Justice & Mercy is one of Sojourn's five centralized values (read more here). To that end, this post officially marks the launch of a Sojourn Houston Benevolence Fund, which will serve a dual purpose: (1) to provide financial support to needy members within Sojourn churches and (2) to issue grants to non-profit organizations serving the poor and powerless throughout Houston. Please read on if you’re interested in joining us. As you’ll see, participation is relatively easy, but the potential impact is enormous!
Blessed to Be a Blessing
Our God is a just and merciful God, and we get the joy of manifesting His character for the sake of those in need. The gospel reveals that God has acted graciously, generously, and sacrificially on behalf of His people, the spiritually poor and powerless. So we're passionate about mobilizing Sojourn members and resources to do the same.
Houston is a needy city. Its citizens are facing poverty and hunger, human trafficking, poor education, homelessness, and fatherlessness. But the city’s challenges are the church’s opportunities. Christians share a rich heritage of selfless service, ingenuity, and societal reform. The gospel declares our glorious dual citizenship, so we have the spiritual freedom to be the best kind of neighbors here and now. We can lead the charge in the fight against human trafficking. We can build bridges across the income gap. We can lead the way in building thorough and sustainable systems of education. And we can lay a beautiful foundation for life in a multi-ethnic society.
At the time of Christ, many devout Jews were fasting two days per week, often taking the food/money they would have used and giving it to the needy, a practice known as almsgiving. The early church continued this practice ubiquitously and with new, grace-based motives. Saint Augustine said that almsgiving customarily "goes along with fasting, so that what is subtracted from the one who has may be added to the one who has not. This is the way to cheat your soul to your own profit; to place firmly in heaven what you take away from the flesh."
Augustine's understanding of almsgiving and fasting was biblical. Isaiah 58 reveals God’s stated purpose for collective fasting: Is not this the fast that I choose: to loose the bonds of wickedness, to undo the straps of the yoke, to let the oppressed go free, and to break every yoke? Is it not to share your bread with the hungry and bring the homeless poor into your house; when you see the naked, to cover him, and not to hide yourself from your own flesh? Then shall your light break forth like the dawn…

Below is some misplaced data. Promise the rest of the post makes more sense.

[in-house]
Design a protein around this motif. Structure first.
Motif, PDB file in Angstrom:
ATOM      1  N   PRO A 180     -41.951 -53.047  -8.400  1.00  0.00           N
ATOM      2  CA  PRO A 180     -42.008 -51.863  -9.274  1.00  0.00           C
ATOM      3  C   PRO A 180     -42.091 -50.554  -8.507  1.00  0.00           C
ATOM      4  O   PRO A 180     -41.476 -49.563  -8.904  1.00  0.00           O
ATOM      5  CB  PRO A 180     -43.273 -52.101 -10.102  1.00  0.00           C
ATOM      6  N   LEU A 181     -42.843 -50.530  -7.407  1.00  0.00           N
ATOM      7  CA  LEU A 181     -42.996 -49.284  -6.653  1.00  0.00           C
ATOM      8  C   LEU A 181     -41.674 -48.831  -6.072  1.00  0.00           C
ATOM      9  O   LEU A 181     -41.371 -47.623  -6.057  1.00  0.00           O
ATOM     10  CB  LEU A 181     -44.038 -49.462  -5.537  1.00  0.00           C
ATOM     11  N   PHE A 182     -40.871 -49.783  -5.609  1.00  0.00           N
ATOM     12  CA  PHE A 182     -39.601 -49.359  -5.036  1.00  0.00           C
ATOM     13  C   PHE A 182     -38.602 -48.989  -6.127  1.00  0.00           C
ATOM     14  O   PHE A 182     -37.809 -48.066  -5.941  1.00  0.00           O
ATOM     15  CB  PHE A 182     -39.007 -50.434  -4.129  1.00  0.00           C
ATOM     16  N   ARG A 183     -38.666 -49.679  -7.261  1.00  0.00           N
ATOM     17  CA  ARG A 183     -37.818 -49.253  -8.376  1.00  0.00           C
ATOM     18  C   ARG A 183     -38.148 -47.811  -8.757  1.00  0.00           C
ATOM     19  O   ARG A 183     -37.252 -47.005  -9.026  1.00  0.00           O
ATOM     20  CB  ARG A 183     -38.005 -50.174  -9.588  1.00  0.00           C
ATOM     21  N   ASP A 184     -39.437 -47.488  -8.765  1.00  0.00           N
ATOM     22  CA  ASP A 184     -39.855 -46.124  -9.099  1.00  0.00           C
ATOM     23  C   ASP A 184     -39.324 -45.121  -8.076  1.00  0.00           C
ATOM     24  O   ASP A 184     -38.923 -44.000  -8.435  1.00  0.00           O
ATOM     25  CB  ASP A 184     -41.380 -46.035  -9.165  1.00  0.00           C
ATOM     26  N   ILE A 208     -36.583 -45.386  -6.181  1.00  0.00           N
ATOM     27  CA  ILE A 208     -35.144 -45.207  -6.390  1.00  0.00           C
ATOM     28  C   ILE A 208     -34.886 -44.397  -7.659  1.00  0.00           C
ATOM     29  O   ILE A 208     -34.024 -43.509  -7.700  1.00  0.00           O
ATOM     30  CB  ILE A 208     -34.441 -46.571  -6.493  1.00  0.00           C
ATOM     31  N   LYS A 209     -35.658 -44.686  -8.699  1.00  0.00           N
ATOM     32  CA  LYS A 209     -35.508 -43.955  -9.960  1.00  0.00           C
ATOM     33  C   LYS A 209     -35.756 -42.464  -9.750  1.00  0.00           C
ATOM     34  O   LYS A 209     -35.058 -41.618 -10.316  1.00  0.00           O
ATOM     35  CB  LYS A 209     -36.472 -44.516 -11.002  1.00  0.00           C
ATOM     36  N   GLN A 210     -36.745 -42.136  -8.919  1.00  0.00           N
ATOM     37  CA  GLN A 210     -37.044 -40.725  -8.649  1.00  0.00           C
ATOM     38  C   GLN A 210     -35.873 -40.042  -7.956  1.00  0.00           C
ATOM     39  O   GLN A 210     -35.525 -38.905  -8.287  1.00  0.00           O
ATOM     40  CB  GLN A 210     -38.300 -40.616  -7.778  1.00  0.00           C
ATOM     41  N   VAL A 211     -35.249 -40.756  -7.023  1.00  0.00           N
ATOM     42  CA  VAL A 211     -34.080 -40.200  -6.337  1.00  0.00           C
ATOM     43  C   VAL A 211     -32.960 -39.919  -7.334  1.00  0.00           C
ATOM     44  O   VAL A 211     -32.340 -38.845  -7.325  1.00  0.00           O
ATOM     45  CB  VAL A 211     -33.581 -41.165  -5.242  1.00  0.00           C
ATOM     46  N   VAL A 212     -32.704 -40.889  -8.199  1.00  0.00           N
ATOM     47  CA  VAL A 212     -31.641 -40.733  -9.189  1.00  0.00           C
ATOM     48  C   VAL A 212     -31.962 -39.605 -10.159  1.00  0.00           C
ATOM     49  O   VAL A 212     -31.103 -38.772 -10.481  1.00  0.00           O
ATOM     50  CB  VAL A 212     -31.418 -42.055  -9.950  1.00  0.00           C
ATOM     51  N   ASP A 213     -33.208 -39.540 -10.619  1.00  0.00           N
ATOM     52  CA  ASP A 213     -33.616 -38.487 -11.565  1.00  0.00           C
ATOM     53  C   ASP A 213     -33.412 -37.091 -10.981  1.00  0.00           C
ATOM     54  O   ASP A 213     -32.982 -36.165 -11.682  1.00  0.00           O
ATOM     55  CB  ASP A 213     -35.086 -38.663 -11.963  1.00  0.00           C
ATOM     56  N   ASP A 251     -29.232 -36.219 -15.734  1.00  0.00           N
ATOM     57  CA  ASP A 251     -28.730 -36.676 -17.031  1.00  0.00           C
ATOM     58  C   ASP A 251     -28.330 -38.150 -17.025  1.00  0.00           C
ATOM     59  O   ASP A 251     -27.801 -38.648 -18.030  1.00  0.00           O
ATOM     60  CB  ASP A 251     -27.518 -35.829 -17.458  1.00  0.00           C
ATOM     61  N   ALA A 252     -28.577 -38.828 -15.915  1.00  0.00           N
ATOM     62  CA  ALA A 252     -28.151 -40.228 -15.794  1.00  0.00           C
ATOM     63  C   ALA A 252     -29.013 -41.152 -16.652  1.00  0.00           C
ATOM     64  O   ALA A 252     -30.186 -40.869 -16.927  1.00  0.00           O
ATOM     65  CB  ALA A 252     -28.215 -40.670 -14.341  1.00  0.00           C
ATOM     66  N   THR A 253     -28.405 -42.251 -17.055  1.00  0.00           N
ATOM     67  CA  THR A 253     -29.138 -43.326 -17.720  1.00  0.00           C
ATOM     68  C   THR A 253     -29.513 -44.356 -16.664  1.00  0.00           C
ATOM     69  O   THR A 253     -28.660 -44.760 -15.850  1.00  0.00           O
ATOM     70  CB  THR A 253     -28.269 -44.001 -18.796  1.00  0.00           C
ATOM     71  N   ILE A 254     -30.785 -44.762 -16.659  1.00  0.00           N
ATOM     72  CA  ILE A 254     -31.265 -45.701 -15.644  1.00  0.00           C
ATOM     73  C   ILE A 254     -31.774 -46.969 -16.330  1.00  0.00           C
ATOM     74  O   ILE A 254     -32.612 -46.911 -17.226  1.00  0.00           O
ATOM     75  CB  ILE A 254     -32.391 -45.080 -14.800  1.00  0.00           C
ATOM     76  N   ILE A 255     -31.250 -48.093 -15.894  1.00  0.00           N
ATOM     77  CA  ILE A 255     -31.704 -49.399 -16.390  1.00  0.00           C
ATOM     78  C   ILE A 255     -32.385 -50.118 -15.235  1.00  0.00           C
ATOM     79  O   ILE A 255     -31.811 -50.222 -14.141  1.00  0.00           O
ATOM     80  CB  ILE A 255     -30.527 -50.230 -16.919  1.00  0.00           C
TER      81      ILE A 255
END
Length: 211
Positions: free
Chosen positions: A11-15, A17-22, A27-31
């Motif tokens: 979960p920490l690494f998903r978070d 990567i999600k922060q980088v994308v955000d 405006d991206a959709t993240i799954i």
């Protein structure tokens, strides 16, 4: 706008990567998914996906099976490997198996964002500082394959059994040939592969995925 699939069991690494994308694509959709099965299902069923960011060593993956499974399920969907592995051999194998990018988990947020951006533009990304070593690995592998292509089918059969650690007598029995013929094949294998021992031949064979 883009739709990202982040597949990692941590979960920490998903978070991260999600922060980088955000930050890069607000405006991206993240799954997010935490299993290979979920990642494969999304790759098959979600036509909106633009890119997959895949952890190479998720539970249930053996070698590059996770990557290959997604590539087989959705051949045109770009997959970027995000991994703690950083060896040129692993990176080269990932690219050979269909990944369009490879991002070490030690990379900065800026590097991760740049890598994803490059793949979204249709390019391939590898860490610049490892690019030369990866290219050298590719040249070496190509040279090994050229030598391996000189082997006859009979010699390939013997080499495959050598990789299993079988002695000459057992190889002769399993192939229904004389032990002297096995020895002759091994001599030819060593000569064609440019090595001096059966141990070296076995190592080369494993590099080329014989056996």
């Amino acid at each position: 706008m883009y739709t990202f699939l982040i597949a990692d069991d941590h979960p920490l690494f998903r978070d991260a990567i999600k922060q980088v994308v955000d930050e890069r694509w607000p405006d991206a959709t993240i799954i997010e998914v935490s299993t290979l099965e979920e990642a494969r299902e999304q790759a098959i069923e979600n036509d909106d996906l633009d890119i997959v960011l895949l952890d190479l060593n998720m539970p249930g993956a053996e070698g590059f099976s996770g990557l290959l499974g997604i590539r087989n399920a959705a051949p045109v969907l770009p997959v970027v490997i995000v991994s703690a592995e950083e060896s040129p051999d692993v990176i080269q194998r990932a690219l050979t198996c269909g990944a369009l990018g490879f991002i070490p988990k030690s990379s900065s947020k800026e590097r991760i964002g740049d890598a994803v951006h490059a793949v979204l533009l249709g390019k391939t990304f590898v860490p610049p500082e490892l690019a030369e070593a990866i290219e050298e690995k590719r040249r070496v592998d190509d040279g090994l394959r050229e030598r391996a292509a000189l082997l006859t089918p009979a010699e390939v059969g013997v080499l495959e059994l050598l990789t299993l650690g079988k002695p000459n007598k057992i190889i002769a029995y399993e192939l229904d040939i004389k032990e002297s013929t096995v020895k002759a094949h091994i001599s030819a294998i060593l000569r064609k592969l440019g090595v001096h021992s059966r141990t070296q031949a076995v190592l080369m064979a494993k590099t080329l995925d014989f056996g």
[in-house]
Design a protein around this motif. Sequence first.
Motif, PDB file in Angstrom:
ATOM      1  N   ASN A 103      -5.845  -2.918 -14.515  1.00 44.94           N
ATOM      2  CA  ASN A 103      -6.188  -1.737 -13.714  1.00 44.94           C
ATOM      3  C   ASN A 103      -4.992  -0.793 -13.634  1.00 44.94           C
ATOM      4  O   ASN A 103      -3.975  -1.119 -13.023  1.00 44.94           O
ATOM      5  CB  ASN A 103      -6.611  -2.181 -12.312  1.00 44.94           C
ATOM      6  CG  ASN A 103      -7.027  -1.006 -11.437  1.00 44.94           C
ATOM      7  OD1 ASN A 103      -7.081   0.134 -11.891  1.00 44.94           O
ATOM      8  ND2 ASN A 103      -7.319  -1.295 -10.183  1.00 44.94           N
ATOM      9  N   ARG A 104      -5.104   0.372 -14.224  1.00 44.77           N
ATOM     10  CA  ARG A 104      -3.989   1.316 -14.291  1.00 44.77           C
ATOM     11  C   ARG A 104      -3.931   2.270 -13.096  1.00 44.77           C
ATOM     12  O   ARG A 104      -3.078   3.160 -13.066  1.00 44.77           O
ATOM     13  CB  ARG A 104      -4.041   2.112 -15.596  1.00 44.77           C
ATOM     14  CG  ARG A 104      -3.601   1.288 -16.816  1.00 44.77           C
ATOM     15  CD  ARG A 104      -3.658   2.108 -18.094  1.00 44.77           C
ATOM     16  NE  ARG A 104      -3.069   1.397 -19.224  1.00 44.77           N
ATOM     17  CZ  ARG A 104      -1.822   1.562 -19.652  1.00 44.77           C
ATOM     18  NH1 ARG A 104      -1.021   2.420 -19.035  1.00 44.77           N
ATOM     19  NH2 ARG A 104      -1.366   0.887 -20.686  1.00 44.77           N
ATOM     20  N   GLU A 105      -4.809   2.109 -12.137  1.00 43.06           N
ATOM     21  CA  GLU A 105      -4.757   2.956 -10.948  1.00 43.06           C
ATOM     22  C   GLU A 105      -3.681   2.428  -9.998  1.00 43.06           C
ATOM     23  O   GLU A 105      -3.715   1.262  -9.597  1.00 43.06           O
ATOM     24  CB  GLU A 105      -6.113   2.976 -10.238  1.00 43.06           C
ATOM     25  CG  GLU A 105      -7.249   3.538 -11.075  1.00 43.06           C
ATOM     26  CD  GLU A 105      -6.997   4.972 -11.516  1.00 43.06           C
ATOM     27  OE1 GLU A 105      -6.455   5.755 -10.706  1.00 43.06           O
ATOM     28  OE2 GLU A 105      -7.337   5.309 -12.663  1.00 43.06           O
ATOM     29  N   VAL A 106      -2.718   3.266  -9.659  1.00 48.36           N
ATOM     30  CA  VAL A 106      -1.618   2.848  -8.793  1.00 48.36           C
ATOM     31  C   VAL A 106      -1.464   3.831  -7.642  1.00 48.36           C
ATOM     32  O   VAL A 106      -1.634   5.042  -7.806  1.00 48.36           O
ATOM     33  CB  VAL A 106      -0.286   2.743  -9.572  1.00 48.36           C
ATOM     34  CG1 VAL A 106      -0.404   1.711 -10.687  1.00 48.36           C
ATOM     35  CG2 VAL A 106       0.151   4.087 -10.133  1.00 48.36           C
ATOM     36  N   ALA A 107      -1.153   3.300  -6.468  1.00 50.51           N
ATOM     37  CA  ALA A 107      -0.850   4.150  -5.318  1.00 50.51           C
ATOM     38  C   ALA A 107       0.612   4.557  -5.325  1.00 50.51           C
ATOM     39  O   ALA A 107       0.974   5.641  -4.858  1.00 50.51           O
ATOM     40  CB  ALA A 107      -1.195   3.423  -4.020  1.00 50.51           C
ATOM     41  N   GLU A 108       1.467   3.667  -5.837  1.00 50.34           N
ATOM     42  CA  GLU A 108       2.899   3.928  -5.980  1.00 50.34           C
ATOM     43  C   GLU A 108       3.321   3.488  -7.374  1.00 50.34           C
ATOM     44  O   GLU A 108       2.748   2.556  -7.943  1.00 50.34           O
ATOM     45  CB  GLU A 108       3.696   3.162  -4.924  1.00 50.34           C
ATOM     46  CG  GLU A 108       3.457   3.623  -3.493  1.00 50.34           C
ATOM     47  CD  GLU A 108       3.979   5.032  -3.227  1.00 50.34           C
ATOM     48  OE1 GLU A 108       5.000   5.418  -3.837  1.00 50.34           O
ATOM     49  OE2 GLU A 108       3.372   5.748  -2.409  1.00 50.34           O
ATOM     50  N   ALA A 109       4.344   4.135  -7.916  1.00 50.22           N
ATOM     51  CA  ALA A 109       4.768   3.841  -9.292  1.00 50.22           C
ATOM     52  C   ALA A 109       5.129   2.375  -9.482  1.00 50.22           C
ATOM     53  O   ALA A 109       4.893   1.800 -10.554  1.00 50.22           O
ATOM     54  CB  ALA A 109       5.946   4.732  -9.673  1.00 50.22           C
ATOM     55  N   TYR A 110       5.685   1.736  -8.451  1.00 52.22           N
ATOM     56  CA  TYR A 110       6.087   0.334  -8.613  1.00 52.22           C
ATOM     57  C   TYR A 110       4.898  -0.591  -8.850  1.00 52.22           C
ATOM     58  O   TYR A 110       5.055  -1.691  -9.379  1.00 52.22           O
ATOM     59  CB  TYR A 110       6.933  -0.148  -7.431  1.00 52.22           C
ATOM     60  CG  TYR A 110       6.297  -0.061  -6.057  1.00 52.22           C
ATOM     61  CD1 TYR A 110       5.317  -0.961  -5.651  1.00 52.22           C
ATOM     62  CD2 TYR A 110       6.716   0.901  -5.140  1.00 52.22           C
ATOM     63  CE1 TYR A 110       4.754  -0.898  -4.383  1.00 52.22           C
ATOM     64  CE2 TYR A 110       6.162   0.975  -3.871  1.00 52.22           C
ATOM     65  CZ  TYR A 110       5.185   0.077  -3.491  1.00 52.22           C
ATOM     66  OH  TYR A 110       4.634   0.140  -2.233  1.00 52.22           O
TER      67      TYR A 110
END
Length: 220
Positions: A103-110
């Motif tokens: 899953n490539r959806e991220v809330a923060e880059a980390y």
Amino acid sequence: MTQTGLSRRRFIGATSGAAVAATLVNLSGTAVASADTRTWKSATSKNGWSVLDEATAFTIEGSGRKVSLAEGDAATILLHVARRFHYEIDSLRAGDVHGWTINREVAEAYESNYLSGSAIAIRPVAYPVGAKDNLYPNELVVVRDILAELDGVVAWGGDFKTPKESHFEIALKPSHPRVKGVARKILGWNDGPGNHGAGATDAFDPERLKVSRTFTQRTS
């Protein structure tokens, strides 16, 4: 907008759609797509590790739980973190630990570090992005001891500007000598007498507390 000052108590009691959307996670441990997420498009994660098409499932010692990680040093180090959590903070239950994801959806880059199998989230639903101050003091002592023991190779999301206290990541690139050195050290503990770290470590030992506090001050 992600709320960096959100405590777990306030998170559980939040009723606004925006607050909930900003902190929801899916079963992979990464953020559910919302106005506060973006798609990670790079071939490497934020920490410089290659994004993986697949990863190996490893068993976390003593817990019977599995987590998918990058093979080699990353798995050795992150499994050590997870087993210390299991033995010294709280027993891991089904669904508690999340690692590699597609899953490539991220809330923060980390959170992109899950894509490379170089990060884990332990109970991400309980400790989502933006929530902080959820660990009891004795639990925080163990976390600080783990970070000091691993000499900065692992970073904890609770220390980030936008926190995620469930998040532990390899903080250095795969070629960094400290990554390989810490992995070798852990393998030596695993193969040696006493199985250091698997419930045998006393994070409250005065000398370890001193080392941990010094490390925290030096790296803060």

In order to facilitate and organize almsgiving here in Houston, we’ve created a special giving fund for benevolence. To access this fund, simply click the button below. From there, you can select the ‘Benevolence Fund’ from the dropdown menu.
This benevolence fund will be shared between all Sojourn churches in Houston, and we’re inviting you to contribute by fasting one day per week. For example, you could fast through breakfast and lunch on the day of your parish gathering, or you can pick another day that's more convenient for you. Then, on the day of your fast, set up a weekly recurring donation to the benevolence fund for the amount you would have spent on food ($10, $15, $20, etc.). This grassroots effort, fueled by hundreds of small sacrifices, has the potential to change the social landscape within our churches and throughout our city. Once the fund is fully operational, we’ll cap what stays in the account and give away the surplus (likely on a quarterly basis) to non-profit organizations serving the poor and powerless in Houston.
On the day of your fast, pray however you feel led, but we encourage you to spend at least some time in prayer for the underprivileged in our city. Together, let’s be a praying, fasting, and giving people who act justly and mercifully on behalf of our neighbors in need. Then shall our light break forth like the dawn...